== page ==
‘Astronomical Feat': Lightfoot Visits McCormick Place With 1,750 More Beds in Place

The full site is expected to house an estimated 3,000 patient rooms by the end of April

NBCUniversal, Inc.

Chicago Mayor Lori Lightfoot visited the city's McCormick Place Friday, which has just completed the second phase of its transformation into an "alternate care facility" to house coronavirus patients.

Calling it an "astronomical feat," Lightfoot toured the building to see additional progress made on construction since she and Gov. J.B. Pritzker visited the site one week prior. She was joined Friday by Chicago Federation of Labor President Bob Reiter, as well as members of the U.S. Army Corps of Engineers and the Illinois National Guard.

Last month, Pritzker and Lightfoot announced plans to turn parts of McCormick Place, the city's convention center, into a facility with a total of 3,000 beds for coronavirus patients with mild symptoms who don't require intensive care in hopes of alleviating the burden on Chicago's healthcare system during the coronavirus outbreak.

Chicago Mayor Lori Lightfoot visited the city’s McCormick Place, which has just completed the second phase of its transformation into an “alternate care facility” to house coronavirus patients.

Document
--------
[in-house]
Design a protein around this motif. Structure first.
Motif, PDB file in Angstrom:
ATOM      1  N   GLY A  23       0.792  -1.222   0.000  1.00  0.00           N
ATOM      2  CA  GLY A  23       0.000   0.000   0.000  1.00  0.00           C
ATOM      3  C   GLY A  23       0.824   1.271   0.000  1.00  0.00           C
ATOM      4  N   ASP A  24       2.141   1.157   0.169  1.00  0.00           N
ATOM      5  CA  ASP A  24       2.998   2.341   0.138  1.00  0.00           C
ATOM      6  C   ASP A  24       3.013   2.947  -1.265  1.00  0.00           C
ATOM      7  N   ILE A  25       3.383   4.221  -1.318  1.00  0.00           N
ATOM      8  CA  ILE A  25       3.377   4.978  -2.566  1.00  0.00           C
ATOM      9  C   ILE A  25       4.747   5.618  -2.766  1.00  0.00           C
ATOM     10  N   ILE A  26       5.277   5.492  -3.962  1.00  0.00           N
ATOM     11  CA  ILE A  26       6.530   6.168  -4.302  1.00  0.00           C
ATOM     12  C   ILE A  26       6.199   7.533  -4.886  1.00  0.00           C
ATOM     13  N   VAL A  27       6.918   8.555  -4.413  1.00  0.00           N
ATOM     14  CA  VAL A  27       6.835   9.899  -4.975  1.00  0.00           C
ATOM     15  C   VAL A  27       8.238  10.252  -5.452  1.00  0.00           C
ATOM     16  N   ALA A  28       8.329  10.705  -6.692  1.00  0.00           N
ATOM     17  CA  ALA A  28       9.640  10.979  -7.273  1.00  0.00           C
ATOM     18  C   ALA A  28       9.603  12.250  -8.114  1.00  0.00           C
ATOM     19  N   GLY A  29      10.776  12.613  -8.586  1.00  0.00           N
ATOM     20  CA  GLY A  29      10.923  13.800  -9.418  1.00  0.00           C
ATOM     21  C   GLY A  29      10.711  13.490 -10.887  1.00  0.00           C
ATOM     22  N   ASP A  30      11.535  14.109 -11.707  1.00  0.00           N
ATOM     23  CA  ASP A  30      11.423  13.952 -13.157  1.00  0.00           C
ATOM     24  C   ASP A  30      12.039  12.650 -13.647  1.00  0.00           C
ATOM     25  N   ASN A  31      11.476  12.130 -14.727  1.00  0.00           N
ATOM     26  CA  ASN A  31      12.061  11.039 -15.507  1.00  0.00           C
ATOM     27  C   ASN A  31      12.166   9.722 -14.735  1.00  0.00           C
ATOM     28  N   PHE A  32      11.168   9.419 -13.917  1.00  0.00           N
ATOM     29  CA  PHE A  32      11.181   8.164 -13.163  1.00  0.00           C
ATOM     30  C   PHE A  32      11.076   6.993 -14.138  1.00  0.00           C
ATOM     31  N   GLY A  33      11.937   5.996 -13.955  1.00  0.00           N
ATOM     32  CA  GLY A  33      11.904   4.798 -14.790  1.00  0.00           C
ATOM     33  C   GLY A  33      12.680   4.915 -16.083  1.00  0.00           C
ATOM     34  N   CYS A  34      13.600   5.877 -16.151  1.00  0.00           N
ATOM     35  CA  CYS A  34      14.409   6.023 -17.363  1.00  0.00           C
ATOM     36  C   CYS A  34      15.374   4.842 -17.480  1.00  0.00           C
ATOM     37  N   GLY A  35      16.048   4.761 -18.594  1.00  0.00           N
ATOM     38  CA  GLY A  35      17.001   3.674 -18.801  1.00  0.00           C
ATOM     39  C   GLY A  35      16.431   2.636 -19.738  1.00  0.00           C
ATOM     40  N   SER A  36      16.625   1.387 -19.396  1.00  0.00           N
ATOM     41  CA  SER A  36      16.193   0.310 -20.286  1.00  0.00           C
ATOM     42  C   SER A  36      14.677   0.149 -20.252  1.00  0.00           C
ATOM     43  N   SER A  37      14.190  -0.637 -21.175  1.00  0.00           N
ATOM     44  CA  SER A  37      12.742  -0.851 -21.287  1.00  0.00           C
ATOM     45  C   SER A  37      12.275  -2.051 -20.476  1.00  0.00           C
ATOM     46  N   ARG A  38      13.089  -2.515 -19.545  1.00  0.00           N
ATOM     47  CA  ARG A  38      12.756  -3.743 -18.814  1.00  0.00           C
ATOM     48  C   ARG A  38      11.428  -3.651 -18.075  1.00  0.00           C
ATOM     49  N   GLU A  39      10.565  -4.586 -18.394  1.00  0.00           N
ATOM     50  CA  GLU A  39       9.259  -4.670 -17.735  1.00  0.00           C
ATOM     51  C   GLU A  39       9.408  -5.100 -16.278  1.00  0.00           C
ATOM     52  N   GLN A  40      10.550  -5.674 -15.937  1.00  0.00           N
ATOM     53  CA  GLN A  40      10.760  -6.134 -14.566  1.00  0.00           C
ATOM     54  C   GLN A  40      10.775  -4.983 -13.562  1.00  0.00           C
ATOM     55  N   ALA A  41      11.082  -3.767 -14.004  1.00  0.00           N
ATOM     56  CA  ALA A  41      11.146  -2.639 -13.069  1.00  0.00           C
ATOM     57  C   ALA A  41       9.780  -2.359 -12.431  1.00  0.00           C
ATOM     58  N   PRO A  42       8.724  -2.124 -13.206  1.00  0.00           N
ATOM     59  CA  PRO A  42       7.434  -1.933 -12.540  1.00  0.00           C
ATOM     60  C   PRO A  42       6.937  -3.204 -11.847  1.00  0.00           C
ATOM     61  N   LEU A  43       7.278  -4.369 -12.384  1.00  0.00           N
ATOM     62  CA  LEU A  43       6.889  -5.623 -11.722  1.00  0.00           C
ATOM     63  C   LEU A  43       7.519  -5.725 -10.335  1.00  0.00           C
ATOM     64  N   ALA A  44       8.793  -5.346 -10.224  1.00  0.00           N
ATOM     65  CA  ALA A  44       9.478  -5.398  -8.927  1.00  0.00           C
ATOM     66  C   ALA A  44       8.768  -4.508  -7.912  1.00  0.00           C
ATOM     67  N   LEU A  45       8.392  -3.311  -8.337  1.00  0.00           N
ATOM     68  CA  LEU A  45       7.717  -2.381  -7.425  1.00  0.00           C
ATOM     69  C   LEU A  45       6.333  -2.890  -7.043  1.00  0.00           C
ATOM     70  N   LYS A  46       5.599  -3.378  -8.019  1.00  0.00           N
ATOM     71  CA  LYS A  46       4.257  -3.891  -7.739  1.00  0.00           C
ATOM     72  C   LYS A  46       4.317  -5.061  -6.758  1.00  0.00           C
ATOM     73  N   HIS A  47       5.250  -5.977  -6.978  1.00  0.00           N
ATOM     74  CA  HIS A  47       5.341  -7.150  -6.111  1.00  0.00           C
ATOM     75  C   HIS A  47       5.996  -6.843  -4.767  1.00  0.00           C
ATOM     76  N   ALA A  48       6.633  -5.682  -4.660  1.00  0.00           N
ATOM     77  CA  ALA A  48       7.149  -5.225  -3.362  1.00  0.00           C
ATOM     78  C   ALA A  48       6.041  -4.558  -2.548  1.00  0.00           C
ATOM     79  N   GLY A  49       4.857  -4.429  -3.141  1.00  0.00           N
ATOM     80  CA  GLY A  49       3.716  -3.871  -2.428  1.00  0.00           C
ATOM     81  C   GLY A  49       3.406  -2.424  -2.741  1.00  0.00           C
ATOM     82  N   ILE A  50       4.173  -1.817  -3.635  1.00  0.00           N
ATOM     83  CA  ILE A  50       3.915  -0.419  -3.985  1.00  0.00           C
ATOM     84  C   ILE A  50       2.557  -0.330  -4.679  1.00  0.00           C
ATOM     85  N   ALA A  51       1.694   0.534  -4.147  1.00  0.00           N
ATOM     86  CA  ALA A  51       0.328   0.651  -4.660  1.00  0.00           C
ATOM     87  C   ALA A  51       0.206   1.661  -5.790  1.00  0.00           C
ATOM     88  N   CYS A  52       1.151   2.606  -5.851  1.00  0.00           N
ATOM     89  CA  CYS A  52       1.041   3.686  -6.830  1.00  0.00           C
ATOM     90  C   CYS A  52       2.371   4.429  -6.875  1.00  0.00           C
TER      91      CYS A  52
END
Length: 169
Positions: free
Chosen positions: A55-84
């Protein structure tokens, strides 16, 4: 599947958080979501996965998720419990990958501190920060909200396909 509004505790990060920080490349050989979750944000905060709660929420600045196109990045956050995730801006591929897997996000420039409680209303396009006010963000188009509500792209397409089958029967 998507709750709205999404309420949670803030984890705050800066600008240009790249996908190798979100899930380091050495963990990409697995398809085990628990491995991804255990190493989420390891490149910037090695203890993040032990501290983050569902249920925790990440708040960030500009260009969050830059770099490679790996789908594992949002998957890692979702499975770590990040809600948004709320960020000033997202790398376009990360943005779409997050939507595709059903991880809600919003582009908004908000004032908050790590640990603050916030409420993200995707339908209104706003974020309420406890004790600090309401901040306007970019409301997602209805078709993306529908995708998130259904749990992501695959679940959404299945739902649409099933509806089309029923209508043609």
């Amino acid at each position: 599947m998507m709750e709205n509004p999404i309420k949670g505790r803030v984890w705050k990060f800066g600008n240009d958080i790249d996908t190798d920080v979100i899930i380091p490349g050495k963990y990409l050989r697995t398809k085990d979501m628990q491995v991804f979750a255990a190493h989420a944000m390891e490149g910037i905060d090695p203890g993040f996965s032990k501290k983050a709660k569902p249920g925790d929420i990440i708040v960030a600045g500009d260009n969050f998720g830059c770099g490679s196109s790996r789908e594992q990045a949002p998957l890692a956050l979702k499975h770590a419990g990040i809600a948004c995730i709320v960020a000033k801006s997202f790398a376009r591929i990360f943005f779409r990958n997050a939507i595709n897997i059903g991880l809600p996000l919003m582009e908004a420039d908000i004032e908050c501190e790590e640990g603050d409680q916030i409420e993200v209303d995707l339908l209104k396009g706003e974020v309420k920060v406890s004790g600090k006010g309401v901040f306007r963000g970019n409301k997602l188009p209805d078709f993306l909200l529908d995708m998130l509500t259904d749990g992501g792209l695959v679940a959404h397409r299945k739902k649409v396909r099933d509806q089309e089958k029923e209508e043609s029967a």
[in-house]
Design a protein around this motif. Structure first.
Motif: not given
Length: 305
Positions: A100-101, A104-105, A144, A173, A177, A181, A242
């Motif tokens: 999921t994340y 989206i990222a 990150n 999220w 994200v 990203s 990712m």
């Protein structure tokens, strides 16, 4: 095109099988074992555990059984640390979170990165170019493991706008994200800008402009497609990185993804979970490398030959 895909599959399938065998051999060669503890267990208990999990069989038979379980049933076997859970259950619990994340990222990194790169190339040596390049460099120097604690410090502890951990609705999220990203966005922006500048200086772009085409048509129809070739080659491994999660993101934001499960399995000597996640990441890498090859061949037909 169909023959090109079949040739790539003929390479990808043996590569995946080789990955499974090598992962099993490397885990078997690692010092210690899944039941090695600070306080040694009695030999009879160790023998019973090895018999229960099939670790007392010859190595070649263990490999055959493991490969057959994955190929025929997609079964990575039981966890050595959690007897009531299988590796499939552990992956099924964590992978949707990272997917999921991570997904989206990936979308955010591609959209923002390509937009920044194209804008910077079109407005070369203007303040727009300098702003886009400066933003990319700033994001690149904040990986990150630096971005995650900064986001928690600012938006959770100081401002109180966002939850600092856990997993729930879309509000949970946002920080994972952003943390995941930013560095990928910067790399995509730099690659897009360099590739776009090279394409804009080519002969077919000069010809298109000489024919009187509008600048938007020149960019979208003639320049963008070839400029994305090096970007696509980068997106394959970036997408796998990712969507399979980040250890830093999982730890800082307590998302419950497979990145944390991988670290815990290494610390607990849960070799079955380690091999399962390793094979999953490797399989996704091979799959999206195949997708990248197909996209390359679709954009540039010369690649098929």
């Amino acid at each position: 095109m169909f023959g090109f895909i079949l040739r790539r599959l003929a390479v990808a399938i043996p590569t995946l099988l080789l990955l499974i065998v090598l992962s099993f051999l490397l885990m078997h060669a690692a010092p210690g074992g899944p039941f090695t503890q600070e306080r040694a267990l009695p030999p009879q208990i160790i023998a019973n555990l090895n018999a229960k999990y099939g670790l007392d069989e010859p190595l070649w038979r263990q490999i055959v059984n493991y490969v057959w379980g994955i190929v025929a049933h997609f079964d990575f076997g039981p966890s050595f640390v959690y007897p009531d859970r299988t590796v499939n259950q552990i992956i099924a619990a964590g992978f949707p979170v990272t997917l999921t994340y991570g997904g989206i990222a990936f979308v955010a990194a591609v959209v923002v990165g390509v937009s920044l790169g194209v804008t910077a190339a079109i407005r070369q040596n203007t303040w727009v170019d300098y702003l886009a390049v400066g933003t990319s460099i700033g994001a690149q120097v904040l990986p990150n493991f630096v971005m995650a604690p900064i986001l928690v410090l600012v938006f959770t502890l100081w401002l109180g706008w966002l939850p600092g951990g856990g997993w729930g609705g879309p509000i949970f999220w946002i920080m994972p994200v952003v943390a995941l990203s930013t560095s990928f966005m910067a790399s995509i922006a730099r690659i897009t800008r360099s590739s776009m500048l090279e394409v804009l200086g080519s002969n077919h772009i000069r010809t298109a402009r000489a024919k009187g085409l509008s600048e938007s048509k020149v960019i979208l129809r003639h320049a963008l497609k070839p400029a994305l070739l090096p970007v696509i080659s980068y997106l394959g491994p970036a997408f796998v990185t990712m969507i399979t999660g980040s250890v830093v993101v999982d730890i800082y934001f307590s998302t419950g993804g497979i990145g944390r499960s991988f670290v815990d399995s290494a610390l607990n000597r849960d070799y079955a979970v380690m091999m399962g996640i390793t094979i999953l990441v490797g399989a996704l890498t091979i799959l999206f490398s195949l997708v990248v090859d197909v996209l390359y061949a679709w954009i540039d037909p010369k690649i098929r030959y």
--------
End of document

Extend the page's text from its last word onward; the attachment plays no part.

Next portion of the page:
The first delivery of beds took place at the end of March, Pritzker said when speaking at the facility last week, after the Army Corps of Engineers readied the first 500 of those beds to treat patients.

An additional 1,750 patient rooms were constructed by Friday, Lightfoot said, marking the completion of the second phase of the building's transformation - which she said was running a week ahead of its scheduled completion by the end of April.

"I want to stress just how remarkable it was to pull this all together in a short amount of time," she said. "Studies will be made about just how fast this project came together."

Video shows how Chicago’s popular McCormick Place convention center was transformed into an alternate care facility to help treat coronavirus patients.

The Illinois National Guard procured the final materials earlier this week to complete the third phase of the project, Lightfoot's office said, flying two military grade planes to Oregon and back to retrieve 500 individual isolation tents that provide a negative pressure environment. These will allow healthcare workers to treat moderate acuity patients at the facility, officials said.

"This is the product of all of us working together," Lightfoot said last week. "The size the speed, and the scope is unlike anything else in the country."

The city also hired more than 400 people to care for patients at McCormick Place this week, according to Lightfoot, who said the doctors and nurses came from across Illinois and the country. More than 300 of those healthcare workers have completed the onsite training, her office said, and will be conducting clinical simulations onsite prior to admitting patients.

McCormick Place is one of four "alternate care facilities" being set up across the Chicago area. The other three include: the former Advocate Sherman Hospital Campus in Elgin, the Metro South Health Center in Blue Island and Westlake Hospital in Melrose Park.

All three together will host upwards of 730 beds, not necessarily all coronavirus patients but simply anyone needing medical attention, in order to relieve pressure on the overburdened healthcare system, Pritzker said.

Contact Us